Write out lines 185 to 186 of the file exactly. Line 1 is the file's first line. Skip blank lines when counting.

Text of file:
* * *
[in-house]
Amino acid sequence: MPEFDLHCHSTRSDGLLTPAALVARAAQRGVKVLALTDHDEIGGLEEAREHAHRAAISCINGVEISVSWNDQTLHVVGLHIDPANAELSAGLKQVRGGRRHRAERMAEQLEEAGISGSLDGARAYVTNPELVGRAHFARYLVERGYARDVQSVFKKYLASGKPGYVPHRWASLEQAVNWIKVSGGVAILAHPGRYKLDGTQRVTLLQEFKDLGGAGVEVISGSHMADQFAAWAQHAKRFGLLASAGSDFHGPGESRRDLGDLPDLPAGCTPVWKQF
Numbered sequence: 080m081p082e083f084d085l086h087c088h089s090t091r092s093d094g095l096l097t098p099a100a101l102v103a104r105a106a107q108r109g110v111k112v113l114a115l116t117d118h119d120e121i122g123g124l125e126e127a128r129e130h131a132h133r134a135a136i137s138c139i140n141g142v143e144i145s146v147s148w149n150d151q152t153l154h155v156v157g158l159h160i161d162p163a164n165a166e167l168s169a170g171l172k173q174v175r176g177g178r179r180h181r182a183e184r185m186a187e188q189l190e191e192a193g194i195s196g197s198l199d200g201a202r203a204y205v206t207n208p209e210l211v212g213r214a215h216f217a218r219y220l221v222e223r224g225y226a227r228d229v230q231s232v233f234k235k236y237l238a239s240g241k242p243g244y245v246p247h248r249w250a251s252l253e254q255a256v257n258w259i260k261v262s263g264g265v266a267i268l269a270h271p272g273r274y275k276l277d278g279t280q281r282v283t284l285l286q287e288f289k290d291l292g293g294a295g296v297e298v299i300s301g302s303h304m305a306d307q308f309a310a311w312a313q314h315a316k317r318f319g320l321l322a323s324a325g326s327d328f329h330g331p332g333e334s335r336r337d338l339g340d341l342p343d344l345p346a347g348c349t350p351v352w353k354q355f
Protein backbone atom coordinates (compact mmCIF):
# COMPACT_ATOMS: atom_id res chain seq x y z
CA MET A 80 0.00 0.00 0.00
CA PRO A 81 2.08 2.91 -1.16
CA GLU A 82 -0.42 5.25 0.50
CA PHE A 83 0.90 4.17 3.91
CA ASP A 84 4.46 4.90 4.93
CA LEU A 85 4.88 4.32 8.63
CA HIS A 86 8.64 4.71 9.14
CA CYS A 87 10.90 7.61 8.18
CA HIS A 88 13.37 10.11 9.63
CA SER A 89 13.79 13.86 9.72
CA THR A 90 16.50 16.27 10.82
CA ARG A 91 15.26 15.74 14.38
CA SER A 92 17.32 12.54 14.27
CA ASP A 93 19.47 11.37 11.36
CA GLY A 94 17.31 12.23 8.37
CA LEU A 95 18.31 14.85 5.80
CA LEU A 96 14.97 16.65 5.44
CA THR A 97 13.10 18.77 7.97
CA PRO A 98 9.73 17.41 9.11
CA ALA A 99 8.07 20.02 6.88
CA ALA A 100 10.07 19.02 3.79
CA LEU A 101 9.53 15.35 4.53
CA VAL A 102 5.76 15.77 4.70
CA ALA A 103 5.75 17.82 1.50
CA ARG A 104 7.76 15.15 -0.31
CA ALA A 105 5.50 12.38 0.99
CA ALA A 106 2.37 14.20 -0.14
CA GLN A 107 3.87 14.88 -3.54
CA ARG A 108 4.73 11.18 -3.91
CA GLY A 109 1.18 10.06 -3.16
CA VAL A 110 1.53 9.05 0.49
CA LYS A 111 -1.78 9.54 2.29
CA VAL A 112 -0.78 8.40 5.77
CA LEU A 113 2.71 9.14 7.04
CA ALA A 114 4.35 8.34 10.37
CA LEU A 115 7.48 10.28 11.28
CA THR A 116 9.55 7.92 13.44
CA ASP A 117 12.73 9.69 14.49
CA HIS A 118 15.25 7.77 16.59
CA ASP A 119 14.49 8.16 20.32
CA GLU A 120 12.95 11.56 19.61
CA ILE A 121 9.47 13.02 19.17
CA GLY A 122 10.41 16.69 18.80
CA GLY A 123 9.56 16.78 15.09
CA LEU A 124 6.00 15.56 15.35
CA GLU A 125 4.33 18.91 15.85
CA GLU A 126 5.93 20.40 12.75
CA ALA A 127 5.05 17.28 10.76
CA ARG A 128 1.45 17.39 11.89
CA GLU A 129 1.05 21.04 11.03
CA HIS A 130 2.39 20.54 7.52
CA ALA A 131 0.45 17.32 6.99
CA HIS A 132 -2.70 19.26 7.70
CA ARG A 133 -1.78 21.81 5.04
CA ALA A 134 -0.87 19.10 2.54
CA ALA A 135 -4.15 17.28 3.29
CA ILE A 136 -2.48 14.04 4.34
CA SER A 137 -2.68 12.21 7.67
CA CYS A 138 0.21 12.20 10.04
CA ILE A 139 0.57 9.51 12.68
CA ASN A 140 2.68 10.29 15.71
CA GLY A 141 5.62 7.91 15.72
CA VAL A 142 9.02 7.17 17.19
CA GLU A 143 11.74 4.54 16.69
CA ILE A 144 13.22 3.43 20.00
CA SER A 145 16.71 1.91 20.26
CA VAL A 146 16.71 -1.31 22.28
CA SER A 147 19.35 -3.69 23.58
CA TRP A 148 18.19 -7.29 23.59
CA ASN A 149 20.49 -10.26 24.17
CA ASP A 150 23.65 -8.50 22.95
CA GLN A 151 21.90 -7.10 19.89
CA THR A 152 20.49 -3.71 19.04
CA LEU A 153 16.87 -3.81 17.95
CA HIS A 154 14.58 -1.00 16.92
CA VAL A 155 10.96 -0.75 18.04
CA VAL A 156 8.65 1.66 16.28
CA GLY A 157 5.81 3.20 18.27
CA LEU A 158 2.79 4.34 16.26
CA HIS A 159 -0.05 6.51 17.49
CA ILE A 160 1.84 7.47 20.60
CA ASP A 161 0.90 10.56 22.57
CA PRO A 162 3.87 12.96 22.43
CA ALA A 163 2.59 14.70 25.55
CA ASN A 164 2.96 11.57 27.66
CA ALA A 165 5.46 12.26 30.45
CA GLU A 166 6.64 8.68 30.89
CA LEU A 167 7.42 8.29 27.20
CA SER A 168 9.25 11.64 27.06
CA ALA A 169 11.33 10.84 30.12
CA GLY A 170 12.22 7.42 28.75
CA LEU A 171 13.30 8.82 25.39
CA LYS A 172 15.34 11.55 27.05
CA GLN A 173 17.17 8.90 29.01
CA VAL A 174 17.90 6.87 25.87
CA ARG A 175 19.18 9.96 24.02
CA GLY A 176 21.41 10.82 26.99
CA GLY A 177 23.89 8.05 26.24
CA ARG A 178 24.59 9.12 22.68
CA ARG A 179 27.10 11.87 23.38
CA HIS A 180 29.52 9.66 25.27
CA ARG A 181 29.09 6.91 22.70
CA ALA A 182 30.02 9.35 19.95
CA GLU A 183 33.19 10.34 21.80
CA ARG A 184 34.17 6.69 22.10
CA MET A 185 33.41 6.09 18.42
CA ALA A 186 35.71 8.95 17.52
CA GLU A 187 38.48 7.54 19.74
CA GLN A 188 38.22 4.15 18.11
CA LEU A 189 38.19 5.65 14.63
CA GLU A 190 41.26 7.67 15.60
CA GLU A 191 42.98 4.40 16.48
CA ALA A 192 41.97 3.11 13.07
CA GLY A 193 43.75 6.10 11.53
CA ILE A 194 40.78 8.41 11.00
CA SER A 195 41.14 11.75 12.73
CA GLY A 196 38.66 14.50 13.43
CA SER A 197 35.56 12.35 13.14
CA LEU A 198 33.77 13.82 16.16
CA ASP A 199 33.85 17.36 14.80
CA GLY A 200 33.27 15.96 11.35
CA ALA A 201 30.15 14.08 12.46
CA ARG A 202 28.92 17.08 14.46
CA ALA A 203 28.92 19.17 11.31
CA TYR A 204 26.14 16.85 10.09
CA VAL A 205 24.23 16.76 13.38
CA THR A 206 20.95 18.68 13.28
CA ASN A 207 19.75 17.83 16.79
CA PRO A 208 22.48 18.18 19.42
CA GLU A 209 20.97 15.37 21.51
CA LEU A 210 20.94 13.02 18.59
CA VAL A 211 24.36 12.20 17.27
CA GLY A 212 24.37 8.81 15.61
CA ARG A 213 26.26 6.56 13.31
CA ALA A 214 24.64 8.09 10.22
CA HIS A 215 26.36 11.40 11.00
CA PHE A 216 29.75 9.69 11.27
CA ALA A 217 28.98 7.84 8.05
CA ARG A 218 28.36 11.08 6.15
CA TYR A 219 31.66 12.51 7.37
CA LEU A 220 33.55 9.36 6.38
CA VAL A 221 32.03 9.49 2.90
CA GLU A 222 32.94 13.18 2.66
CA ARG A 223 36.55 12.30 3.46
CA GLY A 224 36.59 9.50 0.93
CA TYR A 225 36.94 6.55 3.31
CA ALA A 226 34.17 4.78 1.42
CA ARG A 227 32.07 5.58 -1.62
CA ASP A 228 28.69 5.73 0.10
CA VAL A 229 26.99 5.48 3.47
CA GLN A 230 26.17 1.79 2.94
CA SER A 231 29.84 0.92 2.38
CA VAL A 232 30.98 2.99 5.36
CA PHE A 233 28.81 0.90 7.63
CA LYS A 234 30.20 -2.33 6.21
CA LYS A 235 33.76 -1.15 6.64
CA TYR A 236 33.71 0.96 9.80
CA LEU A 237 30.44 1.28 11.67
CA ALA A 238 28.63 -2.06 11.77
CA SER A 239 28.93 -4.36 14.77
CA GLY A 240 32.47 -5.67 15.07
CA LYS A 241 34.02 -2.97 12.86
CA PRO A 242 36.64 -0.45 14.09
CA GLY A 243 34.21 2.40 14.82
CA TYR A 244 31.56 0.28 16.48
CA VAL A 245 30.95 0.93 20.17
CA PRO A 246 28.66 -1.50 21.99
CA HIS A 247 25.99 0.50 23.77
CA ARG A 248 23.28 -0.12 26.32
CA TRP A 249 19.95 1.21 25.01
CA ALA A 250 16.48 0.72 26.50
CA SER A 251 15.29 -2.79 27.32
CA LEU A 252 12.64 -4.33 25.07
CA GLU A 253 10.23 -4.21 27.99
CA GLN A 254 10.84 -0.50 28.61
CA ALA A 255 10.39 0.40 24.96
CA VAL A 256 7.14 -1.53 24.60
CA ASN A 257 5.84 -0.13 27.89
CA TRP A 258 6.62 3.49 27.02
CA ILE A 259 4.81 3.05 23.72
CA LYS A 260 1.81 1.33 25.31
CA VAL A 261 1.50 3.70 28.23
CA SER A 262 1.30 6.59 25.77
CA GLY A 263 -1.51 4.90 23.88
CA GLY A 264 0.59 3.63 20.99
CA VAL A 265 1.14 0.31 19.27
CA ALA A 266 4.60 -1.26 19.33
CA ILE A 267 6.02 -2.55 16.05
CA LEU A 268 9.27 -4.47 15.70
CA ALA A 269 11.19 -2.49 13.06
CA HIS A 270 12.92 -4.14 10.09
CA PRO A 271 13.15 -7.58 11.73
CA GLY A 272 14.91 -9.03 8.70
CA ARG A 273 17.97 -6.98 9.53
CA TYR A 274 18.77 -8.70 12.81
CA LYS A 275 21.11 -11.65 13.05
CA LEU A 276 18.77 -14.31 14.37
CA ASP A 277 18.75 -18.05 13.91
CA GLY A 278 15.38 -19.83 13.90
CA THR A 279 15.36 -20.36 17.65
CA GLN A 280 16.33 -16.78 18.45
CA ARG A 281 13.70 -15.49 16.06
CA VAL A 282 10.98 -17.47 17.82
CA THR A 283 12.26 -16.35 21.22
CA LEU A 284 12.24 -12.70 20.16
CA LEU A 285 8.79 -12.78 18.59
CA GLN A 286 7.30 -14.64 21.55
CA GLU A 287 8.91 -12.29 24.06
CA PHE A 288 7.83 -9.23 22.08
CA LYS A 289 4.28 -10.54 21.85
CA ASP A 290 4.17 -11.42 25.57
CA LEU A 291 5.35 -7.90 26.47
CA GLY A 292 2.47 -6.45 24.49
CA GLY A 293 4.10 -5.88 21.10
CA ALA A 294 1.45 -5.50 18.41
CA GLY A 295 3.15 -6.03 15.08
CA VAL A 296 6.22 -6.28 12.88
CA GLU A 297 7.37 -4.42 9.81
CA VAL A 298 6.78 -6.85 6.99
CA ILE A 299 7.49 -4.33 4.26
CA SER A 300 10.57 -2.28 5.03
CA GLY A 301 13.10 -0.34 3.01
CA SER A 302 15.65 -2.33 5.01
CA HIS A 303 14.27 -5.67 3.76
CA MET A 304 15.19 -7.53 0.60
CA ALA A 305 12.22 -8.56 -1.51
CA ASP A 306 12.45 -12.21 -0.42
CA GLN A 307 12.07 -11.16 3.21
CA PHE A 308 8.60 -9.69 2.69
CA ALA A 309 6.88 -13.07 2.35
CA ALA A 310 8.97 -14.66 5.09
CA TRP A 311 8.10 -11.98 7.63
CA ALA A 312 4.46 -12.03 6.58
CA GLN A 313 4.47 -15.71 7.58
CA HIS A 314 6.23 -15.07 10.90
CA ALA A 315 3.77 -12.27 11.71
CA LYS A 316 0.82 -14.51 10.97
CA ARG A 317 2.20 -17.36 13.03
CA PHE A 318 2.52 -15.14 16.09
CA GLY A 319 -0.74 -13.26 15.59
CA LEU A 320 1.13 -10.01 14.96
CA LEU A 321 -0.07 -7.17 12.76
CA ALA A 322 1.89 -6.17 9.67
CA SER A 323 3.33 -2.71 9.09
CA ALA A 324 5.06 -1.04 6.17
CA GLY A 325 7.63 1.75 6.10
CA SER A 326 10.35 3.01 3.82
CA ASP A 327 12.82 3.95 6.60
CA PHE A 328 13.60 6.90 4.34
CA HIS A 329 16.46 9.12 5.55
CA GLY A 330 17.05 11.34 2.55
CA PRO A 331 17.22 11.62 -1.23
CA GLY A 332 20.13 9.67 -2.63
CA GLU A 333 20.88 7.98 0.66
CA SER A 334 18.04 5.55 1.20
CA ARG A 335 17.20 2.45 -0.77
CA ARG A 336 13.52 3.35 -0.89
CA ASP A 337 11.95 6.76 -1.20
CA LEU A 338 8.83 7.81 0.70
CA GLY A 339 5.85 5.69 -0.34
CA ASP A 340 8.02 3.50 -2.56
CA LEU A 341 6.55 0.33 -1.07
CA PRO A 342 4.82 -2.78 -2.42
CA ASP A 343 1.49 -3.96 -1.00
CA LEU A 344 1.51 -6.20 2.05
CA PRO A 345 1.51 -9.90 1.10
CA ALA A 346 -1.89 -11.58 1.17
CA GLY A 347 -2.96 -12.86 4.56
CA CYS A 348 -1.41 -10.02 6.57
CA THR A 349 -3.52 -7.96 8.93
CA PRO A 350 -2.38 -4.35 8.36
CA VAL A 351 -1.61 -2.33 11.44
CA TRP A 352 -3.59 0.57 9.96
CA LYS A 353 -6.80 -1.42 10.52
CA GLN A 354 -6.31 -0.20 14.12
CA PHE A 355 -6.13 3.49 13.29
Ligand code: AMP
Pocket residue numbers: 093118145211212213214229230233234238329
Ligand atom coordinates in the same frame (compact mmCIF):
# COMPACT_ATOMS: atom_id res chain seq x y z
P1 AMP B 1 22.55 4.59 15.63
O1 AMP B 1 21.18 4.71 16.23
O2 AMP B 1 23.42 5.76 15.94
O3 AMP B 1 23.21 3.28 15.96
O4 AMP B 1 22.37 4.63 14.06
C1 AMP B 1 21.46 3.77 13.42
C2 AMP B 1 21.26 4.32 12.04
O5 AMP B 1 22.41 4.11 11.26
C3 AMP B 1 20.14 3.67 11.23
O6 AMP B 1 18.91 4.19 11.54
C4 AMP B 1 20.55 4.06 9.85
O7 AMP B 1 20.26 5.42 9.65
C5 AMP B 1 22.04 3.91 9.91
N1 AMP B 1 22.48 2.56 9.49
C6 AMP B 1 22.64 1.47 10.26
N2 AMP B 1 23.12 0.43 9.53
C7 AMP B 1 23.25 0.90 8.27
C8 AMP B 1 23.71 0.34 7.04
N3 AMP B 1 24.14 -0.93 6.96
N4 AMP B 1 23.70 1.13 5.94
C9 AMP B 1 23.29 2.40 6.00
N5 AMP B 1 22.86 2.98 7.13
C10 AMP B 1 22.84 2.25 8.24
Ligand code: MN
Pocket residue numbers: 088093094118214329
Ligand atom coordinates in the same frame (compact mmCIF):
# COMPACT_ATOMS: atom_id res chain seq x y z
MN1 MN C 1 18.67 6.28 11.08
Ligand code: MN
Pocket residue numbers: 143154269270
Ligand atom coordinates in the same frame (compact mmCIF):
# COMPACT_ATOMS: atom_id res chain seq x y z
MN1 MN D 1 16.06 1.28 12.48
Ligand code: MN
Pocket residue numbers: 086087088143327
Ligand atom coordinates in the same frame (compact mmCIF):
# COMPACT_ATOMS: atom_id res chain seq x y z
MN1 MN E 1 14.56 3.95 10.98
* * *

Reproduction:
CA ILE A 259 4.81 3.05 23.72
CA LYS A 260 1.81 1.33 25.31